36 of 49 people found the following review helpful
On Reviews of Skeptical Books,
By A Customer
This review is from: Satan's Silence: Ritual Abuse And The Making Of A Modern American Witch Hunt (Paperback)
Skeptical books? I mean books like this one that question our culture's holiest beliefs - in the continuing and ever-worsening oppression of victimized classes, the coming environmental doom etc. Most of the reviews tend to be positive; after all, interested persons have purchased the book or are shopping for the book. Their point of view is already formed. Then there are the other reviews - usually giving no stars, usually short and scabrous: "This book is part of a conspiracy to trivialize a very real problem. This book has been discredited. It has shoddy research etc." "Discredited" is a great word - applied not to shoddy research but to research that challenges our sacred beliefs.
To get more specific, negative reviewers of this book and its many cousins miss the point. Nathan and her co-authors are not excusing abuse or dismissing it as a possible occurrence. Nor are they denying that memories can be repressed. They are simply arguing two points:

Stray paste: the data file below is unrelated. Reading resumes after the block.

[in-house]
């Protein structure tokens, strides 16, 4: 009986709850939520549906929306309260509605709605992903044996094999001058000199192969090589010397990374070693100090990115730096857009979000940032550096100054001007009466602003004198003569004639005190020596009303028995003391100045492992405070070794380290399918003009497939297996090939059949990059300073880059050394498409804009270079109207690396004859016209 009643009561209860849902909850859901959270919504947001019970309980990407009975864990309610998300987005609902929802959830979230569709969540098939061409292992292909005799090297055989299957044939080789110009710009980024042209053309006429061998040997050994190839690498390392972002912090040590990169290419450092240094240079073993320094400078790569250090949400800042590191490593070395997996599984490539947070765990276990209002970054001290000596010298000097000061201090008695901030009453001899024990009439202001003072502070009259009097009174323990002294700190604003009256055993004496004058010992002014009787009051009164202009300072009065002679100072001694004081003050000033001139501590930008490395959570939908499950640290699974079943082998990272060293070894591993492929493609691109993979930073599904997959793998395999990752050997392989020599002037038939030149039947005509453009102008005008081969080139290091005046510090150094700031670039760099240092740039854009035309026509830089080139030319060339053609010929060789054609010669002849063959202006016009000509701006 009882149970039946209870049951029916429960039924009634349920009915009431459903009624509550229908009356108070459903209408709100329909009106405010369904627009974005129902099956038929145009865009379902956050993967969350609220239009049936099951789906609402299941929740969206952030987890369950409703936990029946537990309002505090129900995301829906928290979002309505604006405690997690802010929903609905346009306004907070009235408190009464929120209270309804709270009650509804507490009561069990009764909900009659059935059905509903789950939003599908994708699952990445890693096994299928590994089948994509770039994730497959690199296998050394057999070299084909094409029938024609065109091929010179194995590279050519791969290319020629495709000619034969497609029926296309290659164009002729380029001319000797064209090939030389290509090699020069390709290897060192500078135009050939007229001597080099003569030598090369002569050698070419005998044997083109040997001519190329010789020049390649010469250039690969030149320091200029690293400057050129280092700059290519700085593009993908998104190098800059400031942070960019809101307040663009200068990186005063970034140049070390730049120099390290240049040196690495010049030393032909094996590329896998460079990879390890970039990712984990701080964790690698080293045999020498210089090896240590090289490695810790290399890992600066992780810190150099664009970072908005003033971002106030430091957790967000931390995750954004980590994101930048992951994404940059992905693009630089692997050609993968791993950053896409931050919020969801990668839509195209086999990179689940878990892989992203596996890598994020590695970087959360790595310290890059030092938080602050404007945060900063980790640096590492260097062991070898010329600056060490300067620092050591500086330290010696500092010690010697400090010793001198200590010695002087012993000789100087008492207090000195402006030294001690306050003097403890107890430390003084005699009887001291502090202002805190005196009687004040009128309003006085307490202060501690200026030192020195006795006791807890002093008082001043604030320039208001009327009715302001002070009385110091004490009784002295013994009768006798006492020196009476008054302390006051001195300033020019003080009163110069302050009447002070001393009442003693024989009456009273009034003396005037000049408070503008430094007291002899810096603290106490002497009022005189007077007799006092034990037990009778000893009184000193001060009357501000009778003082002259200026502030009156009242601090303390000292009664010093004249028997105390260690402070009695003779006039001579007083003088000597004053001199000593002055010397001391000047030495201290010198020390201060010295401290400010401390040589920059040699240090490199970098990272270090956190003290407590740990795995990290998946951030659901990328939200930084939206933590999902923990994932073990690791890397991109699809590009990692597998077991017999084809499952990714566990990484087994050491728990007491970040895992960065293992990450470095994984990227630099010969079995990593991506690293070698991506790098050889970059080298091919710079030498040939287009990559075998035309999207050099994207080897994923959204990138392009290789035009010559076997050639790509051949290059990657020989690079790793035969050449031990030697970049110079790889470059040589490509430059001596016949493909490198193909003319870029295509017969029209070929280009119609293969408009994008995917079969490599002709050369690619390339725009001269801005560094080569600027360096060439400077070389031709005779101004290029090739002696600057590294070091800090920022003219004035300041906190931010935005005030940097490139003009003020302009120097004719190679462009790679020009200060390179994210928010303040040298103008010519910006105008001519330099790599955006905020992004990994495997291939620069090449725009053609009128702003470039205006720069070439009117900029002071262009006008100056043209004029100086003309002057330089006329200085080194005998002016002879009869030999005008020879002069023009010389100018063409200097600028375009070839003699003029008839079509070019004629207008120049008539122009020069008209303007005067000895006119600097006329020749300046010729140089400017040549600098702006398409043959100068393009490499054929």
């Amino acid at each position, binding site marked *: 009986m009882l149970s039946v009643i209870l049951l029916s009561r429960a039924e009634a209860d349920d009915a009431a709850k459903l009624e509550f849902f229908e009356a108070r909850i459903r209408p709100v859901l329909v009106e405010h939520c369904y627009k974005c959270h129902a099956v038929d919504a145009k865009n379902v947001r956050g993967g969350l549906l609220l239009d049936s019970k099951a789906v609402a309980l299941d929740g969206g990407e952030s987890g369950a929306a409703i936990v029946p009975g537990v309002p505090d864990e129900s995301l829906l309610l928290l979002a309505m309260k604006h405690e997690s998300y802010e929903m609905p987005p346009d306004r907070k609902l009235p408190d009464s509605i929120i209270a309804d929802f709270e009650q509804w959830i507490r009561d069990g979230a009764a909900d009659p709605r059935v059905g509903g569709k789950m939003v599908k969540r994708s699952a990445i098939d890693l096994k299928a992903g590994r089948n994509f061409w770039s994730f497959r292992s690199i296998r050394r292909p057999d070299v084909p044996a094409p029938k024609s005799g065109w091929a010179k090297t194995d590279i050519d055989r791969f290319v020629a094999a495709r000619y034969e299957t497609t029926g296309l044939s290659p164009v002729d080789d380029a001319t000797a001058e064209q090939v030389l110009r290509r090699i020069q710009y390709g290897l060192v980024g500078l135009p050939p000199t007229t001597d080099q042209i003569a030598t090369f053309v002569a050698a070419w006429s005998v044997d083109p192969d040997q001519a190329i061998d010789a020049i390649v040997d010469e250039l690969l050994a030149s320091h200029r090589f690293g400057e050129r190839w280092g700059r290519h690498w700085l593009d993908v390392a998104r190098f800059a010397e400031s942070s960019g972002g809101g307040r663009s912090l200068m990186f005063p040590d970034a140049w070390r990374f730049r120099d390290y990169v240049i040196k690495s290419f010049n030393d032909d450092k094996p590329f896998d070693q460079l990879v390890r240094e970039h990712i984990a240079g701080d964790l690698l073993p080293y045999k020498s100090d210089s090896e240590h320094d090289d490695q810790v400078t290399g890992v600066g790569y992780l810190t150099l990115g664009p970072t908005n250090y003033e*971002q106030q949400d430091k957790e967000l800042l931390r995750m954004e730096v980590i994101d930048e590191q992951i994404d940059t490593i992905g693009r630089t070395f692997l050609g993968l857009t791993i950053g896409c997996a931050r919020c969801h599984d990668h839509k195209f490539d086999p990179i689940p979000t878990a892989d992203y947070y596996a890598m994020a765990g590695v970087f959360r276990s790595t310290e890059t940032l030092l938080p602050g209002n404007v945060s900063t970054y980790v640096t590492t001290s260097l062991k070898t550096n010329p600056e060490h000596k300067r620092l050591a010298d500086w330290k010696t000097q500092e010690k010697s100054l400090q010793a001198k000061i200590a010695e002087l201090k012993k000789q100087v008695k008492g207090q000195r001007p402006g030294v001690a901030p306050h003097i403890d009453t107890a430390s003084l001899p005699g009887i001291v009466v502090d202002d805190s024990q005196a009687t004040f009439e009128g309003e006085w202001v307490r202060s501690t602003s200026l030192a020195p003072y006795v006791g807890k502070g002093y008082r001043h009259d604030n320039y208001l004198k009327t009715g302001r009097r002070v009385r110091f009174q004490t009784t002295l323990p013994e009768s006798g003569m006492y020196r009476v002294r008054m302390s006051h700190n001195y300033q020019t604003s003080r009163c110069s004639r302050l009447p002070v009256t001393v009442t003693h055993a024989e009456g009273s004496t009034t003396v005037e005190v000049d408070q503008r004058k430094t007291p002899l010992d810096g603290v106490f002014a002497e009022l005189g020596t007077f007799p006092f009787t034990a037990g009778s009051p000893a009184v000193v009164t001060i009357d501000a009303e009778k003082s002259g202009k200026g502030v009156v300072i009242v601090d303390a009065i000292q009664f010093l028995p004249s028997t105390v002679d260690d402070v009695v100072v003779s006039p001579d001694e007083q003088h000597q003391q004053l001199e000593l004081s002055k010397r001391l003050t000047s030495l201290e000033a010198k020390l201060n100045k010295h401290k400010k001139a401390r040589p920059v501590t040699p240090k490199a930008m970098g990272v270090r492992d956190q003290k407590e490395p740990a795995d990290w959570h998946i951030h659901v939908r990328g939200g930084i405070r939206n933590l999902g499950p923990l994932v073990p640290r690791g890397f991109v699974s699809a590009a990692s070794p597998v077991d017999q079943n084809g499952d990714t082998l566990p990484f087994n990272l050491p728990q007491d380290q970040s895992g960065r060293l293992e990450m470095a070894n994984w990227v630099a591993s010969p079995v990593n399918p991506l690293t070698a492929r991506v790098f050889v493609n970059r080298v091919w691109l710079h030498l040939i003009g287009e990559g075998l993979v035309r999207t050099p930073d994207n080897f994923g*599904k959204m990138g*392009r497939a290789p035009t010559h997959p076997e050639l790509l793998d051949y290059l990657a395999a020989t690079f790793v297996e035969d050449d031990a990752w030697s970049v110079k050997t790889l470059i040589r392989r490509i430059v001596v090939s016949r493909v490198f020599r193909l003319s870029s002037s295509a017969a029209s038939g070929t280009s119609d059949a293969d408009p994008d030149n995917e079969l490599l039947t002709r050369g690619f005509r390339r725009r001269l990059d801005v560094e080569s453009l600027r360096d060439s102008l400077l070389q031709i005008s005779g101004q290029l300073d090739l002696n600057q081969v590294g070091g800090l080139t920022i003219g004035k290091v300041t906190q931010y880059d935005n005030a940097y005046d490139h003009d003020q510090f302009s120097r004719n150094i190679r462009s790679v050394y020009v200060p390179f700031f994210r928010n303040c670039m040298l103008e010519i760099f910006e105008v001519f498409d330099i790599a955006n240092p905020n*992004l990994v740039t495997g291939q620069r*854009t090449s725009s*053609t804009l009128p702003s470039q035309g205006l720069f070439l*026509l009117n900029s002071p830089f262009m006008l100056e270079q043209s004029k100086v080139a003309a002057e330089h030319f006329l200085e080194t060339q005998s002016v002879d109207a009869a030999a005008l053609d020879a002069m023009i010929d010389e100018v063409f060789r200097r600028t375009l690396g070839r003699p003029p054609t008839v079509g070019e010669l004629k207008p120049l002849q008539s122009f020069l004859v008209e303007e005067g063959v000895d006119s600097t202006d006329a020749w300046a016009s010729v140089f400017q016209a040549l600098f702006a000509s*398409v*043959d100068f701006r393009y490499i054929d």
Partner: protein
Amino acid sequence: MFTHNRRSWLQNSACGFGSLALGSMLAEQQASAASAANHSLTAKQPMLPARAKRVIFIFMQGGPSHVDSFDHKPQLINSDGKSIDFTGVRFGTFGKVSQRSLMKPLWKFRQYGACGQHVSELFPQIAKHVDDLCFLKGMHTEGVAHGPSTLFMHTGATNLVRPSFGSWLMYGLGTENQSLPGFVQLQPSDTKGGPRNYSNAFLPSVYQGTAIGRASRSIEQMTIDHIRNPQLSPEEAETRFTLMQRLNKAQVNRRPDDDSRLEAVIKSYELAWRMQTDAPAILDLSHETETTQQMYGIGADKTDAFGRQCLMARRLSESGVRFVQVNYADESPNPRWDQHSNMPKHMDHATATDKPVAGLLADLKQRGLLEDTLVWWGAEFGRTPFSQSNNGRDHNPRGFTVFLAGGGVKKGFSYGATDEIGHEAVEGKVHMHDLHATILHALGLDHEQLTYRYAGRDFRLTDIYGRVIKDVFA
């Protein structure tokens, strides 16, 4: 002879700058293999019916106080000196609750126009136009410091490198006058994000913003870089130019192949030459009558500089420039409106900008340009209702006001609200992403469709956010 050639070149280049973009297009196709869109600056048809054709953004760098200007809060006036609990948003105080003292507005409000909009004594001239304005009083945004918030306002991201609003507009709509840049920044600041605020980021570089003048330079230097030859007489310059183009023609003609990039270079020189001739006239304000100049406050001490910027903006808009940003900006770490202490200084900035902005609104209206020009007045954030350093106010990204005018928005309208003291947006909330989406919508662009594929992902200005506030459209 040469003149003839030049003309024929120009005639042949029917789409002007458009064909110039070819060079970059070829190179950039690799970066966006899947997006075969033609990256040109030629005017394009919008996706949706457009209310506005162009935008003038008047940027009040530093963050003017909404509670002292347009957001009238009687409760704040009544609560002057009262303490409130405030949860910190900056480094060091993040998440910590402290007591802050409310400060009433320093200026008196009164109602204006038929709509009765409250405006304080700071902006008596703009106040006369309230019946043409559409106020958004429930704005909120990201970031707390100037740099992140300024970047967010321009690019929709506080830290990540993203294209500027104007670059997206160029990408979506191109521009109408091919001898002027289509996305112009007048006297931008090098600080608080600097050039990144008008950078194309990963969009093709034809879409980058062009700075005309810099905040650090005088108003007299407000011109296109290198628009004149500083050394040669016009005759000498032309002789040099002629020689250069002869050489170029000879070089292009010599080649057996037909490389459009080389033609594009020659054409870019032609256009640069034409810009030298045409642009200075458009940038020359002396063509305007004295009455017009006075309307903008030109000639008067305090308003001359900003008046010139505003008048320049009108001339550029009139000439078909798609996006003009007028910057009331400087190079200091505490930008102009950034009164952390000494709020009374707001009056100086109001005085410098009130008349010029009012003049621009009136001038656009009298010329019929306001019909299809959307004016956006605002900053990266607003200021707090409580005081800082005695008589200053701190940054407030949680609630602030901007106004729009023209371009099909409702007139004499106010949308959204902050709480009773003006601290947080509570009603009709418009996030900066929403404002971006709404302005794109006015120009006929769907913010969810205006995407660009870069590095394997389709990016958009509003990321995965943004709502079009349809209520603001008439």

1. People are innocent until proven guilty. (Right?)
2. Memories recovered through hypnosis or by other means are not strong enough evidence to convict an accused "perp." As evidence, they are simply unreliable.
Lots of libertarians are on the internet and obviously are disposed to like books of this kind. Then there are others... the true believers, steeped in ideology and unconcerned about the facts in any specific case. Their only concern is with broader principles - "victims must be protected!"; "abuse is a terrible, growing problem!" These principles are fine, but they should not be brought to bear upon the process of determining guilt or innocence. This process should retain its clear focus on evidence and facts. That is the essence of Nathan's argument, as well as those of Ofshe, Terence Campbell, Willard Gaylin and Dorothy Rabinowitz.